On February 3, 1985, plaintiff's decedent was driving south on Ellen Street in the city of Homer, Champaign County, Illinois. As his car was traveling over the railroad tracks crossing Ellen Street at grade level, it was struck by an eastbound Norfolk and Western train. He died the next day of injuries sustained in the accident. The grade crossing was protected by luminous, flashing warning lights and signs which were operating at the time of the accident but there were no automatic gates at the crossing to block highway traffic. The tracks ran in a roughly east-west direction at the crossing. On the northern boundary of defendant's right-of-way west of Ellen Street was a row of coniferous trees whose trunks were generally parallel to the main line tracks.
It was alleged by both the third-party complaint and the original complaint these trees blocked the view down the tracks of motorists approaching the crossing. It was plaintiff's theory that because the crossing and its immediate approaches were icy and steep, the decedent had to approach the crossing at a higher than normal speed in order to make it over the crossing and the trees blocked his vision of oncoming trains until he was on top of the crossing and it was too late to stop. It was also alleged in her complaint the warning lights at the crossing often operated even when there was no train approaching and it was her theory decedent doubted the authenticity of the warning and approached the crossing anyway, relying on visibility down the tracks to determine whether a train was actually approaching.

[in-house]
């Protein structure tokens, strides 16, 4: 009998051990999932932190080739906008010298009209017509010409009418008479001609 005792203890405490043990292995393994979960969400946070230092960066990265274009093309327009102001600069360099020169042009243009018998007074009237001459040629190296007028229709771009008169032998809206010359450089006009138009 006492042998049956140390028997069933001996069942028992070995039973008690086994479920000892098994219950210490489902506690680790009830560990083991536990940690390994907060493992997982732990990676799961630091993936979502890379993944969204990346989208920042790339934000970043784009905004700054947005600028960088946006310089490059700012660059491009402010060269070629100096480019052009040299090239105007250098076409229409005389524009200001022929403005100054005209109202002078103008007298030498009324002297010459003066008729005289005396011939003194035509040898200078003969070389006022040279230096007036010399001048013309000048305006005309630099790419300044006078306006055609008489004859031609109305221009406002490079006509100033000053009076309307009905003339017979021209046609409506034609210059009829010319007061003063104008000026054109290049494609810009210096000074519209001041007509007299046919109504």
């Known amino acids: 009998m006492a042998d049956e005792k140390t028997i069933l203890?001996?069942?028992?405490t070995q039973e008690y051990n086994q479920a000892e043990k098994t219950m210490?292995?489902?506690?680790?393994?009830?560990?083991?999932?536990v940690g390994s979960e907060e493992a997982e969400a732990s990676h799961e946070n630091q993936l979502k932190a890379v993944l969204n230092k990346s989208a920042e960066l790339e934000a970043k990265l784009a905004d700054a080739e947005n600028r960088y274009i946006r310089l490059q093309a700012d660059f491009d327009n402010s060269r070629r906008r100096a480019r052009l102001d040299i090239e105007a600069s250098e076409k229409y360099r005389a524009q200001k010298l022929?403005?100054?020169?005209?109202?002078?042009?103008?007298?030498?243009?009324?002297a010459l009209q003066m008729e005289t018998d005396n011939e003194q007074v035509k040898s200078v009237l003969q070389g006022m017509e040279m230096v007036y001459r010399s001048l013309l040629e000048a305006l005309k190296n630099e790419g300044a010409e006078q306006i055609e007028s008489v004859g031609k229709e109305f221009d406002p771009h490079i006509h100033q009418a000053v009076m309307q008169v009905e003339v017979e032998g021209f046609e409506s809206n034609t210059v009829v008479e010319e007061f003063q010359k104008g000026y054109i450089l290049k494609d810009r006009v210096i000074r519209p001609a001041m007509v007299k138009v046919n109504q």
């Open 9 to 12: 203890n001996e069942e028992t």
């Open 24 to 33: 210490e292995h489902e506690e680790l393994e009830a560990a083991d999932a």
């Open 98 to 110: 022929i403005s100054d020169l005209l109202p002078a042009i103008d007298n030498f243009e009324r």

Defendant was granted leave to file its third-party complaint against the city, Sanders and the McDanielses pursuant to the provisions of the Contribution Act (Ill. Rev. Stat. 1985, ch. 70, pars. 301 through 305). This complaint alleged the row of trees was planted for ornamental purposes after the installation of the railroad tracks rather than growing naturally and that on February 3, 1985, and for some time prior thereto, some of the branches of those trees extended onto the northern portion of its right-of-way. The complaint alleged the owner or maintainer of the trees owed a duty to the decedent and other southbound motorists on Ellen Street to prevent an unreasonable risk of harm by keeping the visibility clear to the west for approaching train traffic and to remove overhanging tree branches from the coniferous trees which would obscure motorists' visibility. The third-party complaint alleged alternative ownership of the trees in either the McDanielses with Sanders as their agent or in the city due to the trees' location on an undeveloped piece of land dedicated to the city as the right-of-way for "Randolph Street."